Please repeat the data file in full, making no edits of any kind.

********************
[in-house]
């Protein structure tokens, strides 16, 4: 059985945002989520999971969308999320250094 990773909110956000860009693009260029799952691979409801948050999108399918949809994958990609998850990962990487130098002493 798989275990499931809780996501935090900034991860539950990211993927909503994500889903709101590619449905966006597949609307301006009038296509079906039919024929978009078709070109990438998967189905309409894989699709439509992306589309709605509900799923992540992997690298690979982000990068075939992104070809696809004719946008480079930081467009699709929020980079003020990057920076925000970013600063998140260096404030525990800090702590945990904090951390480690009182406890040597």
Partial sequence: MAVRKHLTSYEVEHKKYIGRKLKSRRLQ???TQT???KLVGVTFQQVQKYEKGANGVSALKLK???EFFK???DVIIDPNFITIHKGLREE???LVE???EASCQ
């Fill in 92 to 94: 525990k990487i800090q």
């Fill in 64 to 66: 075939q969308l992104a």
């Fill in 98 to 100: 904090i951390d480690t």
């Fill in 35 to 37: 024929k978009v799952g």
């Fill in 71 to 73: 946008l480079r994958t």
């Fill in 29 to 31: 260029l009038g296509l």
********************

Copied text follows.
[in-house]
């Protein structure tokens, strides 16, 4: 059985945002989520999971969308999320250094 990773909110956000860009693009260029799952691979409801948050999108399918949809994958990609998850990962990487130098002493 798989275990499931809780996501935090900034991860539950990211993927909503994500889903709101590619449905966006597949609307301006009038296509079906039919024929978009078709070109990438998967189905309409894989699709439509992306589309709605509900799923992540992997690298690979982000990068075939992104070809696809004719946008480079930081467009699709929020980079003020990057920076925000970013600063998140260096404030525990800090702590945990904090951390480690009182406890040597």
Partial sequence: MAVRKHLTSYEVEHKKYIGRKLKSRRLQ???TQT???KLVGVTFQQVQKYEKGANGVSALKLK???EFFK???DVIIDPNFITIHKGLREE???LVE???EASCQ
């Fill in 92 to 94: 525990k990487i800090q």
């Fill in 64 to 66: 075939q969308l992104a």
């Fill in 98 to 100: 904090i951390d480690t």
């Fill in 35 to 37: 024929k978009v799952g």
């Fill in 71 to 73: 946008l480079r994958t």
């Fill in 29 to 31: 260029l009038g296509l």